As a result, the agency urged N.Y. State Rep. Jerrold Nadler (D-Manhattan) to introduce legislation that would require a 10% cap on all ticket service fees. The proposal got bogged down in committee last session, but Nadler reintroduced it again this year.
A similar proposal was introduced in California by Areias in 1990, but the ceiling provision of the bill lacked support in the Assembly and was removed. Areias then proposed a milder version that would have required promoters and ticket agencies to disclose in print the full amount of service charges placed on a ticket before purchase, but the concert industry lobbied heavily against the bill, and it also died in committee.
“It’s unfortunate that the answer to corporate success in America is always government regulation,” Ticketmaster’s Rosen said. “Consumers have a lot of misconceptions about how these rates are established. All fees are negotiated at arm’s length with the building.”
But critics of the Ticketmaster takeover disagree.
Three years ago, San Jose ticket broker Max Gordon sued Ticketmaster, Bay Area Seating Service (BASS)--the Northern California licensee of Ticketmaster --and Bill Graham Presents, charging that the companies conspired to drive him out of business after he refused to fix prices. Gordon, who says he is pleased with the settlement arrived at three months ago, opposes the takeover.
“What Ticketmaster and the promoters are trying to do is reinstall the days of serfdomship,” said Gordon.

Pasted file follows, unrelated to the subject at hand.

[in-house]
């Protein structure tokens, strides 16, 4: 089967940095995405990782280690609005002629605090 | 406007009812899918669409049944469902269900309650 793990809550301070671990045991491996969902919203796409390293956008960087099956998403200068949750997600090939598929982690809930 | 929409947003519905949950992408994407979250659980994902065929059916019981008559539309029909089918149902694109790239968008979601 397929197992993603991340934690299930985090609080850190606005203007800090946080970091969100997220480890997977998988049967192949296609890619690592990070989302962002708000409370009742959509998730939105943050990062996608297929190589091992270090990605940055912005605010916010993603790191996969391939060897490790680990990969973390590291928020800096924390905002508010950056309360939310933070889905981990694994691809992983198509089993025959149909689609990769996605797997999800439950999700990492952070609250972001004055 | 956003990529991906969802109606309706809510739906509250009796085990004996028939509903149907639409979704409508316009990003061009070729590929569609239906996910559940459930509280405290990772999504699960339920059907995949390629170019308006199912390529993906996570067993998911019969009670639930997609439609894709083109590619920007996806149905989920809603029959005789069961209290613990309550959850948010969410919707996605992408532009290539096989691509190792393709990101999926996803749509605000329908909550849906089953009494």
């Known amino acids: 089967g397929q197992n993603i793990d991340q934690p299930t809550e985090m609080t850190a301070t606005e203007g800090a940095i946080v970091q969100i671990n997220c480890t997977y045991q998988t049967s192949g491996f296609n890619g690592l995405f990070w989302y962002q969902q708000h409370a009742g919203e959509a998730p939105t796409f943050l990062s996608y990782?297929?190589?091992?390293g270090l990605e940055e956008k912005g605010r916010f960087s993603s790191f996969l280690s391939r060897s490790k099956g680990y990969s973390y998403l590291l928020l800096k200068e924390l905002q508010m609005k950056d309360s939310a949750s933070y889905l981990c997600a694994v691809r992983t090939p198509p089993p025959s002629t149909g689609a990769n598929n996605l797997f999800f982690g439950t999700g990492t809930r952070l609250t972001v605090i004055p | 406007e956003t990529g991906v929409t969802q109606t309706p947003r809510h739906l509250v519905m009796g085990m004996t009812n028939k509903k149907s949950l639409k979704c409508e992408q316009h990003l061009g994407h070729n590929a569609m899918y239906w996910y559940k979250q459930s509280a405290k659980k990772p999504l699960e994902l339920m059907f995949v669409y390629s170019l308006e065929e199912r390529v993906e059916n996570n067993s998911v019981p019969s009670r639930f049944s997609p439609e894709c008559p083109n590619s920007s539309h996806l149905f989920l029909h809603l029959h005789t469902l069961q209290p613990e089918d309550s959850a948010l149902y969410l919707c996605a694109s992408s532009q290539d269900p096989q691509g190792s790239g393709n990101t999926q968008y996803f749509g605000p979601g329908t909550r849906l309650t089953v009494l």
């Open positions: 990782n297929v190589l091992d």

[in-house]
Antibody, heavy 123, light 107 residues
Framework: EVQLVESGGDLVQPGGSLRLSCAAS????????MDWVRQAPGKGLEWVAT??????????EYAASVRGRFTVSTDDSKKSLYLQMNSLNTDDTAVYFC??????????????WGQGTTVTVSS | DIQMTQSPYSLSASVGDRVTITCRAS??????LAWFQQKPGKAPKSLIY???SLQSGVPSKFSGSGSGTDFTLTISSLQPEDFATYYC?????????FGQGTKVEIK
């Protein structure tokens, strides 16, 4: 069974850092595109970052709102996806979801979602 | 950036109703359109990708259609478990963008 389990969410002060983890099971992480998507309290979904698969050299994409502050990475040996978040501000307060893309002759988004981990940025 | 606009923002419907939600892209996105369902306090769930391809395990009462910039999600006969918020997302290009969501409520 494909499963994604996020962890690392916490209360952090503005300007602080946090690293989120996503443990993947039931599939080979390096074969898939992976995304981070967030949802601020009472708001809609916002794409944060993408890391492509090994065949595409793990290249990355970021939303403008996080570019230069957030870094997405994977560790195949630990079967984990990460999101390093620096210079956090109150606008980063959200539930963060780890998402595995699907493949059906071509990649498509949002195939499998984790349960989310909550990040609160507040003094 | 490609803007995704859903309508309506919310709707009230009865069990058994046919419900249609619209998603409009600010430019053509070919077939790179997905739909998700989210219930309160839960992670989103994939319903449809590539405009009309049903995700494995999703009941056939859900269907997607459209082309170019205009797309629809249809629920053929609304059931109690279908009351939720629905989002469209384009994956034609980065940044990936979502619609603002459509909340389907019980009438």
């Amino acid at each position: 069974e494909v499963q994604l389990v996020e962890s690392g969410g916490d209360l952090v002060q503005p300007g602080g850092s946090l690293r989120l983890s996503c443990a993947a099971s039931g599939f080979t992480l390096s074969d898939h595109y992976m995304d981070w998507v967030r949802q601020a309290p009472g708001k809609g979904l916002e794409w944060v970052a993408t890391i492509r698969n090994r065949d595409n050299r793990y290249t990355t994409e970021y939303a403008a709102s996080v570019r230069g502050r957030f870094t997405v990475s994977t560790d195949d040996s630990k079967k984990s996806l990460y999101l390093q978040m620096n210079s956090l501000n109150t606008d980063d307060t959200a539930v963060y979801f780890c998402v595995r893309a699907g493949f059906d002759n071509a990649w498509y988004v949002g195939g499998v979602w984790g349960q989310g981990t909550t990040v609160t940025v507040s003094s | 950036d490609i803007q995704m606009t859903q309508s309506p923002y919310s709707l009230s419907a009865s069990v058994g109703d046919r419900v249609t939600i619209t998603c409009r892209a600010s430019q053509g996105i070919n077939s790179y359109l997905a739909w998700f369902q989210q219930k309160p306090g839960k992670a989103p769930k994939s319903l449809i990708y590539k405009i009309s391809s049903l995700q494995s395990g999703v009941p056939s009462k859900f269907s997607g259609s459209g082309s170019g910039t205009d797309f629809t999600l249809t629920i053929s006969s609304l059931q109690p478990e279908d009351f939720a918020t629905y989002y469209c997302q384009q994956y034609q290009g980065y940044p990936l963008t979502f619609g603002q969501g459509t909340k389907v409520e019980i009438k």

“I think that what should happen is that the attorney general of California ought to become involved in this thing, the State Board of Equalization and the Internal Revenue Service too. We’re talking about millions upon millions of dollars here (much of it in cash transactions). I think they should take all this stuff and strip it right down to its knuckles.”
Other industry veterans, such as Avalon Attractions president Brian Murphy, whose Los Angeles-based promotion company has done business with Ticketmaster for eight years, dispute such claims and predict that the proposed acquisition will not affect consumers whatsoever.
“When you look at it on the surface and you see that one company is going to control all the tickets in the United States,” Murphy said. “Potentially, I think that there would be people who would say, ‘Oh my God, we are going to get raped here.’ But candidly, knowing Fred Rosen, I don’t think that is going to be the case. I have not found him to be in the business of gouging the consumer.”
$2.25 FACILITY FEE CHARGED BY THE VENUE: Retained by the venue for “refurbishment” costs. $5.75 CONVENIENCE FEE CHARGED BY THE AGENCY: Consumers who charge tickets by the phone pay the “convenience” fee, which is applied toward additional costs from a telephone switching network, sales operators, local number phone line access, credit card fees and other charges. $2.05 PROCESSING FEE: Those purchasing tickets by phone are also charged a $2.05 “handling"fee for each order, which averages three tickets per call. PLUS $5 PARKING: Most venues offer few parking choices other than their own and typically keep all these revenues. CHEAPER WAYS TO BUY TICKETS: * At the venue: $25 base ticket price, plus $2.25 facility fee, plus $1 box office fee. * At the agency: In-person purchaser pays $25 base price, plus $2.25 facility fee, plus $3.50 convenience fee.
TOTAL $35.05 If purchased by phone from an agency